Religion forms the fundamental background of the novel, highlighting the cult of brahminism within the Hindu social system wherein a special status assigned to the brahmins alienate them from humanity and demanded too much on purity and self-control from them. The life of the people in the agrahara was kept under strict control and by observance of rituals and vows pertaining to death, marriage, and worship. It was the sudden demise of the reprobate Naranappa when such monotonous semi-conscious existence of the members residing in the agrahara is disturbed and compelled to jolt out of its coziness and flung into turmoil (Kumar 99).
Caste and clan are more than brotherhoods; they define the individual completely. The individual is never on his own; he is always fundamentally a member of his group, with a complex apparatus of rules, rituals, and taboos. Every detail of behaviour is regulated…Relationships are codified. And religion and religious practices lock everything into place.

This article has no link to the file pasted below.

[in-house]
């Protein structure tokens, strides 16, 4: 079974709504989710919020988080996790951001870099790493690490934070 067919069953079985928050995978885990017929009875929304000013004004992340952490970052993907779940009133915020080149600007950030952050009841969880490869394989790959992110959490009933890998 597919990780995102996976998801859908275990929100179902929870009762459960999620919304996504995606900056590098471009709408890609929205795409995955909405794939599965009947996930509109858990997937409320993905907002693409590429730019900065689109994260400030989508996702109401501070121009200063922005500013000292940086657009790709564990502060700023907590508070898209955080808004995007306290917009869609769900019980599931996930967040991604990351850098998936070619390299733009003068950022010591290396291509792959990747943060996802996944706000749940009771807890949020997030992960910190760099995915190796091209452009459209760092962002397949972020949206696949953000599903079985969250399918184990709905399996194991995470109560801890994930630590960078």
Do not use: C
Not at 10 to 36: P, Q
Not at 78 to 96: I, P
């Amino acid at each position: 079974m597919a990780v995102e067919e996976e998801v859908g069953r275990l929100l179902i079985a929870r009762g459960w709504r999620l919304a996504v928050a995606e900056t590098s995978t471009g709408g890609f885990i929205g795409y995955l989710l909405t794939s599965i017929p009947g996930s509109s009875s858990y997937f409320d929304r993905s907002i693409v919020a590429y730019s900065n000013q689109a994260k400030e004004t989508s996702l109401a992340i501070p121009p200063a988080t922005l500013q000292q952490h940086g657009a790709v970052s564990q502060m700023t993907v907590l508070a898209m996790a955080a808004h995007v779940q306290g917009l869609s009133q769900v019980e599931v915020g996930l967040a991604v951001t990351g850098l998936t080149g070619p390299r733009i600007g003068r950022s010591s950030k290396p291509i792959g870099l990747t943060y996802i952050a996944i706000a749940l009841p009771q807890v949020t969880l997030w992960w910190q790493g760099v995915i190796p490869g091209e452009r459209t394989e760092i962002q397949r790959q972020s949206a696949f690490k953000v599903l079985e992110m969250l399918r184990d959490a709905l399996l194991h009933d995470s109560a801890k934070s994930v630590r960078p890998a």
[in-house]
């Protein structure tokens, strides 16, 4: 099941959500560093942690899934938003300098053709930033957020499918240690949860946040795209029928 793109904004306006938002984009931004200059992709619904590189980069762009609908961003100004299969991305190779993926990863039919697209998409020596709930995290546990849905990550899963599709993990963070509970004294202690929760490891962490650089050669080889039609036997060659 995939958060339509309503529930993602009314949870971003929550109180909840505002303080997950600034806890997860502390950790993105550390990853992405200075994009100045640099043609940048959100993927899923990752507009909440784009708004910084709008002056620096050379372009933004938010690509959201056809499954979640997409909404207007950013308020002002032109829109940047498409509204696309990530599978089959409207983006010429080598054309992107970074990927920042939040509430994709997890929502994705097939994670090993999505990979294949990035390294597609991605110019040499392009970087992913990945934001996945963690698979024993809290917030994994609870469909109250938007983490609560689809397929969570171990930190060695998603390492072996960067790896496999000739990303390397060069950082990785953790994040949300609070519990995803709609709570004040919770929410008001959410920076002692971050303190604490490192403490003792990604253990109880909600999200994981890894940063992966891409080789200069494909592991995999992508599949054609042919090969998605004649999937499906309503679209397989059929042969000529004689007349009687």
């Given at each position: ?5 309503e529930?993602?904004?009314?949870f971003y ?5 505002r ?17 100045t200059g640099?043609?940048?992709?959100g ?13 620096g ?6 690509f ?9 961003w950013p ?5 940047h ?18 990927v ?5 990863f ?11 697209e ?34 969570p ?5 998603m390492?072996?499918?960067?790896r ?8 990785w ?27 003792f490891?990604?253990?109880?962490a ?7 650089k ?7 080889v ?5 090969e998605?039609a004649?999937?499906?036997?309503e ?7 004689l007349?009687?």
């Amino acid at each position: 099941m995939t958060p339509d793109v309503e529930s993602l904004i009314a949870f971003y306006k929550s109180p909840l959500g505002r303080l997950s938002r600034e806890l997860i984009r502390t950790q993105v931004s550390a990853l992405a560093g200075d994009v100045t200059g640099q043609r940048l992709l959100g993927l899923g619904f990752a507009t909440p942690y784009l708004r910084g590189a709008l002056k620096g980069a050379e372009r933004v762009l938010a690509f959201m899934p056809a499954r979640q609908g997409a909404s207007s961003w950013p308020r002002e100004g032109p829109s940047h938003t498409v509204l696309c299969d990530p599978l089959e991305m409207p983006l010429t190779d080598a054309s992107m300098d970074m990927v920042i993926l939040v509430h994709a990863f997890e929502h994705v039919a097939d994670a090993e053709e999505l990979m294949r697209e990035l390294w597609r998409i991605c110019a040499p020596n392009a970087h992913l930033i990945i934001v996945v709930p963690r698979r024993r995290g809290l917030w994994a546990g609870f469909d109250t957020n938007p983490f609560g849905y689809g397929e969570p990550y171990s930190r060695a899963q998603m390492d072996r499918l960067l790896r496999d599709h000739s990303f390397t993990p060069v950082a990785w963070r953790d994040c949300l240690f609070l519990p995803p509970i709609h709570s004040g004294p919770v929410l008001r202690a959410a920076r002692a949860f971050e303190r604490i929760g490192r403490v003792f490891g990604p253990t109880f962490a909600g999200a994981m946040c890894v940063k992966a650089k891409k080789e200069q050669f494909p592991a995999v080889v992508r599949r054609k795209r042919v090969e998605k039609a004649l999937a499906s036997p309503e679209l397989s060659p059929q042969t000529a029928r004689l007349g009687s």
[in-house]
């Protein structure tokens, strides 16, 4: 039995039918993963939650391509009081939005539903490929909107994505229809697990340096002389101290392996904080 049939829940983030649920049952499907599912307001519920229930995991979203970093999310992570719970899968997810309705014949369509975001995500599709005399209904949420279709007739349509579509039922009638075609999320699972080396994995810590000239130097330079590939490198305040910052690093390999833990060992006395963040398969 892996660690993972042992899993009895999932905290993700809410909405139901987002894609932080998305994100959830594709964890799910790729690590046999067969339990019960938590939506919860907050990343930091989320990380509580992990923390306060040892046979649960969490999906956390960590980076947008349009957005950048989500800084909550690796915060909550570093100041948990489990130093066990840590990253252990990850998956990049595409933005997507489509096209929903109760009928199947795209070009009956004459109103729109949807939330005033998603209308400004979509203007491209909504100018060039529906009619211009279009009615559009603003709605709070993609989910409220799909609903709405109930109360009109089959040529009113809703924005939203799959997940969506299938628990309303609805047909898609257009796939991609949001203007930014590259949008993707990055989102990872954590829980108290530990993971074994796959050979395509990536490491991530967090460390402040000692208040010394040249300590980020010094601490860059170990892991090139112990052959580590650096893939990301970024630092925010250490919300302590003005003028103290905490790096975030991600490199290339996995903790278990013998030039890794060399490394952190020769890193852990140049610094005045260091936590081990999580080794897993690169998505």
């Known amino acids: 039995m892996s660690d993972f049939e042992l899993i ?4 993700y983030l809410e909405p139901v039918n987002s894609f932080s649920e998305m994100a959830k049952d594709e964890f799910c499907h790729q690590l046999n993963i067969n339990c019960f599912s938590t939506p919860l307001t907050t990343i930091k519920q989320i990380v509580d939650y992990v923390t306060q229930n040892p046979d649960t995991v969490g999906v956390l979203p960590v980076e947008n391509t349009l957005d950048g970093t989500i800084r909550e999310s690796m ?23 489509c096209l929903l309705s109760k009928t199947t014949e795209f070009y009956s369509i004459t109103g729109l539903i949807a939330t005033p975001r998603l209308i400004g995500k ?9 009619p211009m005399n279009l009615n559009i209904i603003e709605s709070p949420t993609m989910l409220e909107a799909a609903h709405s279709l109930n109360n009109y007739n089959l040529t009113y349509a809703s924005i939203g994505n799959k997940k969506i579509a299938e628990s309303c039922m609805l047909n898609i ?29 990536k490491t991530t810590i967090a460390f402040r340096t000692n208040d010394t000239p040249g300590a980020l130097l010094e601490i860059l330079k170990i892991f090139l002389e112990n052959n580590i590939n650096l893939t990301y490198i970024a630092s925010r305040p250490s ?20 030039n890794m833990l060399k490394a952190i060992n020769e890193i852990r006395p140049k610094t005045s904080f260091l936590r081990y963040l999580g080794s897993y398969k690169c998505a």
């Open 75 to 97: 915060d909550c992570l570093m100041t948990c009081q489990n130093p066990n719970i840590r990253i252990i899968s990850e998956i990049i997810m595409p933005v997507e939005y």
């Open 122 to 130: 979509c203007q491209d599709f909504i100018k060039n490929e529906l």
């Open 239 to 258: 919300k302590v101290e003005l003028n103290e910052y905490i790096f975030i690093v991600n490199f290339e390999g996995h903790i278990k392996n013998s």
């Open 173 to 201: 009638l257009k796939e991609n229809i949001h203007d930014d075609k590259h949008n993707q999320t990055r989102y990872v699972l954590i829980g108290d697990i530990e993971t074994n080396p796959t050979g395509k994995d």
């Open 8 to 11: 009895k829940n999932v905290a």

Religion establishes a set of codes, conventions, and rules of human behaviour and all these together constitute the supplement of its true or original meaning. With time, this supplement replaces the original and the former gaining full dominance, constitutes the religious consciousness of an individual. This is exactly the state of the brahmin settlement in Durvasapura, which formed the universe in a single lane for its members, a polity exclusively for the brahmins and who were burdened under the load of the inherited traditions. It is under the rigorous governance of the binaries such as sacred-profane and pollution-purity. This position of the religion in the society highlights its important role in the lives of the people, wherein it enmeshes with politics in the construction of cultural identity and identity, in turn, defines the direction of religion and politics thereby playing a fundamental role in determining the identity of an individual.